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It Is Happening Again: Christmas

December 20, 2014

Cross-posted from nailgunmedia.com

giftforest

Christmas is an annual tradition here in Charlottesville. Though many choose to ignore it, others embrace it with a fervor ranging from mild to frenzied to irredeemably Clausian.  It is impossible to cover the full range of local Christmas activities, but here are some of the highlights.

The Hep Imp Christmas Special

It was an hour after midnight, on the 11th of December, that countless of our local folks gathered around their gently glowing radios with friends and family, mugs of hot buttered absinthe in mittened hands, to listen in rapt attention to a very special Hep Imp selection of seasonal favorites on WTJU. If you missed out, fear not, the show will be available here for streaming right up until Saint Nick himself, in gore-drenched suit, crawls down out of your chimney, tearing through your fireplace barricade, unstoppable by board or chain, while his mighty Nordic stags beat merciless upon the roof with heavy hooves, keeping the time of your terrorized heart.

Christmas at The Paramount

There is no better cure for the depression and anxiety that Christmas inevitably brings than the sound of a multitude of singers singing together, in glorious harmony, lifting up their voices to the very gates of heaven, pounding on them, insistent, mightily entreating for entry, making all who hear feel, for a moment, that indeed those gates have opened, and that all joy lies before them, a field of light, a perfect realm of music. This is what the Oratorio Society of Virginia will be attempting, at 2:30 and again at 7:30, at the Paramount Theater on Saturday, December 20th.

Then, on Sunday at 2:00, the Paramount will be screening It’s A Wonderful Life.  Now for myself, if you give me a choice of which Frank Capra Christmas suicide picture to watch, I am going to go with Meet John Doe every time. I find it a more interesting and provocative exploration of the American Nightmare than Wonderful Life. And I have always preferred Gary Cooper to Jimmy Stewart (between Barbara Stanwyck and Donna Reed there is simply no contest). But a lot of people love this one and there is no denying that both films are batshit insane enough to be deemed true Christmas classics. See it like it was meant to be seen, in a grand movie palace of the old school.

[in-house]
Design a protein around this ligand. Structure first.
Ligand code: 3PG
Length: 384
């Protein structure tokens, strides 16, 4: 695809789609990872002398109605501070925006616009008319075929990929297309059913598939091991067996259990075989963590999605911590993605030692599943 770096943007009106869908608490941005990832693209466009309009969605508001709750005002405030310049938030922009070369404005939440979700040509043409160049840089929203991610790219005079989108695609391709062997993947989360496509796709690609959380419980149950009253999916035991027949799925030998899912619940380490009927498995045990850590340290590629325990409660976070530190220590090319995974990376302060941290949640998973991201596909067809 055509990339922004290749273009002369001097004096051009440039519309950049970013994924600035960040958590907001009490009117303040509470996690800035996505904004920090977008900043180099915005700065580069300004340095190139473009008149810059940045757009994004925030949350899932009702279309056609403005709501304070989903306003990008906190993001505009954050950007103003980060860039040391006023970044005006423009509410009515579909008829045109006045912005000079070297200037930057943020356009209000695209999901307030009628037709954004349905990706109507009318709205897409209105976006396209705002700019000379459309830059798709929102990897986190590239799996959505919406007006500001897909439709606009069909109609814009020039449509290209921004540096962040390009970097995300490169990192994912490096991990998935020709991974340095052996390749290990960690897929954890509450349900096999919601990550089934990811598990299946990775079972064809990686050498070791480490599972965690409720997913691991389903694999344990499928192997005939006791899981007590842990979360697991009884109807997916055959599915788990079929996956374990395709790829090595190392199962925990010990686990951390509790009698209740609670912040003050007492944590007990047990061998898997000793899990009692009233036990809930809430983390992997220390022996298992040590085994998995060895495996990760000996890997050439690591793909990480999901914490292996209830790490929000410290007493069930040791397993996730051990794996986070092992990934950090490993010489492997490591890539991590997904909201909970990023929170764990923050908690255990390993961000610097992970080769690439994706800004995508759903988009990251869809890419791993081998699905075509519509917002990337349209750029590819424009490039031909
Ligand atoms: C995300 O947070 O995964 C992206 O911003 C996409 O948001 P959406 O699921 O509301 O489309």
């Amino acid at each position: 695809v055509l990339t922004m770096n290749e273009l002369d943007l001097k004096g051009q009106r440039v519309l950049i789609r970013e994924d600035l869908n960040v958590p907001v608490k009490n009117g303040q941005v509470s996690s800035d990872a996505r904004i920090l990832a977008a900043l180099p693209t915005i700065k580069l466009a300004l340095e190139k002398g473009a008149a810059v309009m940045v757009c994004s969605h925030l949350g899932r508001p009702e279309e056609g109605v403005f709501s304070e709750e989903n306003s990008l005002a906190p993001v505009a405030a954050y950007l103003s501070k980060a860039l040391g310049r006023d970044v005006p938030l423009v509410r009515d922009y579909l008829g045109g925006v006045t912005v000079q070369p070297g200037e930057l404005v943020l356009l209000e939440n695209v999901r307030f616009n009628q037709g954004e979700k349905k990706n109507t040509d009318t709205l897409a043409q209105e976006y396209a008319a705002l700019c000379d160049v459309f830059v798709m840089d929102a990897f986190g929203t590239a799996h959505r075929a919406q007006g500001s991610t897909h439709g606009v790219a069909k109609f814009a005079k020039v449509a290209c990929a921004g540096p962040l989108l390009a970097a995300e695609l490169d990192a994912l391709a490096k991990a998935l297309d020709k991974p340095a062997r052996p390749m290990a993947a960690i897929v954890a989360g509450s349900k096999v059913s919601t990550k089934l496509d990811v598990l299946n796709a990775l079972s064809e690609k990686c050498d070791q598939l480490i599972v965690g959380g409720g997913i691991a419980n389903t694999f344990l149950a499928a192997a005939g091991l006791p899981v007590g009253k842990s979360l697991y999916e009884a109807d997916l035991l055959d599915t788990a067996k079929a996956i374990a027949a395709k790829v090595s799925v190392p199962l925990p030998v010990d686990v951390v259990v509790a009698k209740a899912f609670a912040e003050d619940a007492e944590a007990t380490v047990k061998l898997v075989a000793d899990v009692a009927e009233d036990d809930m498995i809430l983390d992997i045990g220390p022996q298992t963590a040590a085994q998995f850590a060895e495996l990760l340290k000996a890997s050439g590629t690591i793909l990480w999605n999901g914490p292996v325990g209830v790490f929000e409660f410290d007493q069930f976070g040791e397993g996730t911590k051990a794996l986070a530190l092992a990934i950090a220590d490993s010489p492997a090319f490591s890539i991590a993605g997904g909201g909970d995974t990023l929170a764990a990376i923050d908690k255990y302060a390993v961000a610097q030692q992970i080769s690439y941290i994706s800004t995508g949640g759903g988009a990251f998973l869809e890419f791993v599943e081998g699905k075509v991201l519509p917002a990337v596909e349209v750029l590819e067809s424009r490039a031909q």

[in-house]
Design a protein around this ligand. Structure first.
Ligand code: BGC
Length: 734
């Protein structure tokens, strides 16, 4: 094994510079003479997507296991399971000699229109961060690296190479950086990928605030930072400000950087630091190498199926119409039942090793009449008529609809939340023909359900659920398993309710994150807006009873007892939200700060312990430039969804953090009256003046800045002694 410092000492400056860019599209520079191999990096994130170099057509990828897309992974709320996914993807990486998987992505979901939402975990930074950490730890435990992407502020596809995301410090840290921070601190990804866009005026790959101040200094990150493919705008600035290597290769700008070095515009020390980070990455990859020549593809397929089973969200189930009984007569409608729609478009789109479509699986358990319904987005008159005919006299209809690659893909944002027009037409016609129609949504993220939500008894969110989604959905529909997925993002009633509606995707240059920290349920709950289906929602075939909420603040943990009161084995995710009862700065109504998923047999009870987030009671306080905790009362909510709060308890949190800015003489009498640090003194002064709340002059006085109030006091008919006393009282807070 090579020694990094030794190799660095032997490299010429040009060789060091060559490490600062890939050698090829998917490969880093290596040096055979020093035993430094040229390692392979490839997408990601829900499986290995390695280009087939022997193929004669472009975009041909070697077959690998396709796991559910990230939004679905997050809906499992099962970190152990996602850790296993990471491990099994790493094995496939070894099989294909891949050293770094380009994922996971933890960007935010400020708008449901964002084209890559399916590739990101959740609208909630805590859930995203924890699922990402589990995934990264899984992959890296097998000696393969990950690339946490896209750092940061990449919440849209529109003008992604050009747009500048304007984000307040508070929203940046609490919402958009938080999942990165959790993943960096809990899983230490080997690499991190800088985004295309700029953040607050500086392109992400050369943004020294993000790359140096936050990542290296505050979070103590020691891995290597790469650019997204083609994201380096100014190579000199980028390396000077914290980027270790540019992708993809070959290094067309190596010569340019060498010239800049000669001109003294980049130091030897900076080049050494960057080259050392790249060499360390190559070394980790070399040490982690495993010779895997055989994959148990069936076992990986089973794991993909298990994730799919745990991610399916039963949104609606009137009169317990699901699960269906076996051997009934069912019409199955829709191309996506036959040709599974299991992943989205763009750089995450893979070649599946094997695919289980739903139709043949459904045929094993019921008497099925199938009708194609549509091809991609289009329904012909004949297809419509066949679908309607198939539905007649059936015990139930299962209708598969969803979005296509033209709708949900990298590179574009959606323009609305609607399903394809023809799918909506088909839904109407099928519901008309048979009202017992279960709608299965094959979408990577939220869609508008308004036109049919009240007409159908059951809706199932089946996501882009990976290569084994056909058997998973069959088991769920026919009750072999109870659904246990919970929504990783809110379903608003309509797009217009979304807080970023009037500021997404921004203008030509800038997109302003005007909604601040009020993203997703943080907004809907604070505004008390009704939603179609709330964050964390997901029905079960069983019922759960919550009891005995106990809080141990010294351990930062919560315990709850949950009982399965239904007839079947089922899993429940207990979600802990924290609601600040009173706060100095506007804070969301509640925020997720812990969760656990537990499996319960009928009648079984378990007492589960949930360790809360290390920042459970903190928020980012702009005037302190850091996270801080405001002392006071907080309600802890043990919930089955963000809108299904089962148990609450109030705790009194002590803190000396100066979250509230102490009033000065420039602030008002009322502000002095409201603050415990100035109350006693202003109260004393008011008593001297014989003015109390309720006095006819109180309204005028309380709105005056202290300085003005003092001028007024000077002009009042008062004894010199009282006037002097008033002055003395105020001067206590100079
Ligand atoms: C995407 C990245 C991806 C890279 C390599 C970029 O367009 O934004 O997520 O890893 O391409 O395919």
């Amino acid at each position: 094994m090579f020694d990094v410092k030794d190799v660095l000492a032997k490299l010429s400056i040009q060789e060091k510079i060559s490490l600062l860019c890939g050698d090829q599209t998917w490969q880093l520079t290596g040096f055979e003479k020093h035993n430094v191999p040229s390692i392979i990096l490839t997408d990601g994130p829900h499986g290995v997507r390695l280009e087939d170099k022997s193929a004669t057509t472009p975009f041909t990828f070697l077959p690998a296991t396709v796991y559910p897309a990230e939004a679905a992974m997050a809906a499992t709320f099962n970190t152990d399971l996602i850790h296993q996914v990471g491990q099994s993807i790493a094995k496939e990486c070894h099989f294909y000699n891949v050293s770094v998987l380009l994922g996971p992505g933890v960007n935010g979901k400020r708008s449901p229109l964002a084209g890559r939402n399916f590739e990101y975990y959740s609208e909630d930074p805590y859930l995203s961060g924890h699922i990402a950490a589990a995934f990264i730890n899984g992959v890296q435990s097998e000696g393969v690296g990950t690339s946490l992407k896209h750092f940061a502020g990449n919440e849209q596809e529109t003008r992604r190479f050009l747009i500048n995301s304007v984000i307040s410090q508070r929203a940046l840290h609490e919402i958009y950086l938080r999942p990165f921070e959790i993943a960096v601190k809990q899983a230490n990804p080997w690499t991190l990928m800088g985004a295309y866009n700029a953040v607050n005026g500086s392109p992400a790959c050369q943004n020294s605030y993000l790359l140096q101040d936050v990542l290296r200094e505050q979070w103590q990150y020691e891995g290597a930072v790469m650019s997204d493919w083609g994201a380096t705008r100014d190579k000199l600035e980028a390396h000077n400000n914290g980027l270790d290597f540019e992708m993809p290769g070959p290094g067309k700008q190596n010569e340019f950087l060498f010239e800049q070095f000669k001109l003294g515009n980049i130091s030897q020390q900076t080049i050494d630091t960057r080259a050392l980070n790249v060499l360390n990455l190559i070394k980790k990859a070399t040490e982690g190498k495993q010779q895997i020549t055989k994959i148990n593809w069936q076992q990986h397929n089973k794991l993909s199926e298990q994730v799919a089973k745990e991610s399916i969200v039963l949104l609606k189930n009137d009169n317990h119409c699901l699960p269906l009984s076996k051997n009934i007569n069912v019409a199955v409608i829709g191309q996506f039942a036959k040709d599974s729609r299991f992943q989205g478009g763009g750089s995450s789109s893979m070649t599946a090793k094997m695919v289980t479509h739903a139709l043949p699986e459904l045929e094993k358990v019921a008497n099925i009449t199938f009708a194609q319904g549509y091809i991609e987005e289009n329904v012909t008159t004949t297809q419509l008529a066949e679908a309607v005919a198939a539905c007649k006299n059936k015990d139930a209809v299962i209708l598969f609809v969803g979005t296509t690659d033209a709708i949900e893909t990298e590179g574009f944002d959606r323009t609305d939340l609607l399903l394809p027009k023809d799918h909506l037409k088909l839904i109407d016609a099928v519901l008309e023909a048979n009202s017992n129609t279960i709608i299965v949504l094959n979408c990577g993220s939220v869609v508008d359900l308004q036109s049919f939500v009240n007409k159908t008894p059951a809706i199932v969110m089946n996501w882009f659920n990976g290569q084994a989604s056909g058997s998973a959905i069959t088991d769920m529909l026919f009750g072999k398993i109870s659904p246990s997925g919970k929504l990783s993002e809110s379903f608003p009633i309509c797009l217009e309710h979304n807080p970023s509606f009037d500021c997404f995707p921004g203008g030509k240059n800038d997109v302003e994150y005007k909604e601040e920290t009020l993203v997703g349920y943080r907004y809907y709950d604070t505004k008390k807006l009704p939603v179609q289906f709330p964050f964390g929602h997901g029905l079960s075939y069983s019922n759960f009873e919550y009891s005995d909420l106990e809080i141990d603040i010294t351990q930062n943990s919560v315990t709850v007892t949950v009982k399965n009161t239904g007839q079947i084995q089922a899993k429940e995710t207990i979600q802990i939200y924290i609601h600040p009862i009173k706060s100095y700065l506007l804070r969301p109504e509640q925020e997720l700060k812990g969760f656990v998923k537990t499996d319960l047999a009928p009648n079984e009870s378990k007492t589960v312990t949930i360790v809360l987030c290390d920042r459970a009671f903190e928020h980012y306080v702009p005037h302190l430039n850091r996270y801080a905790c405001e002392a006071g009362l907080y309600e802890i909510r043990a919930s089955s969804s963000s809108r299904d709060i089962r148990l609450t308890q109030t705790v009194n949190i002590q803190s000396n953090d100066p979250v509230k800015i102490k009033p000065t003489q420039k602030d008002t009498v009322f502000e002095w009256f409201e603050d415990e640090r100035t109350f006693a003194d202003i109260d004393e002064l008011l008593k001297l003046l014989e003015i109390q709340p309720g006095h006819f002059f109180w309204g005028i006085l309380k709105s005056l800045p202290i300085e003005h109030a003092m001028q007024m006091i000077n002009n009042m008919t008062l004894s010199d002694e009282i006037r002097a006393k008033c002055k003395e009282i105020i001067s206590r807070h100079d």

The Country Christmas Show

I am not a brave man, so I have always left town early for the holiday, well before the mayhem begins. A downside to this (undeniably prudent) course of action is that I have never been around for The Country Christmas Show, a beloved local tradition that I can only imagine has got to be as warm, friendly, and fun as a mug of hot buttered absinthe in a mittened hand on a cold night in a warm place beneath the stars of a Virginia sky. Featuring The (All New) Acorn Sisters, Jim Waive & the Young Divorcees, and Peyton Tochterman, this year’s show will be on Sunday, the 21st, at The Southern. For a good time, go there.

A Dark Forest of Unmentionable Delights

In Germany, a gift shop is where assassins purchase their poisons. Here it is a place that sells you things that you don’t want yourself, but you do want to give to other people. A curious institution.  It is both an incubator of, and parasite upon, our noblest virtue, generosity. And, often enough, our foolishness, vanity, and bad taste. There is no better place to contemplate the wonder and mystery of the human condition than a good, or bad, gift shop; it is also useful for buying gifts. At the Bridge this holiday season there is a good gift shop. Among the the things that have caught my eye there: finely carved whacking sticks, handmade glass eyeballs, fragrant nunchuks of wax, crocheted fetishes of a vanished civilization, and the tools of a literary arsonist. What you find there, what speaks to you, may be entirely different. The shop is small, but the things it contains seem never-ending, like something out of a horror novel. It took me hours before I even noticed the little narwhal throw pillow. I stood beside other shoppers, their hands in full view, my eyes upon those hands with such attention it bordered on rudeness, as they plucked, from tables I had studiously perused just minutes before, objects that I could swear I had not seen there, had indeed never seen before in my life, and, oftentimes, could never have even dared to imagine. This, my friends, is a cabinet of wonders, a forest of dreams, and a great place to spend a little bit more money than you intended for people who, after all, you love.

Merry Christmas.

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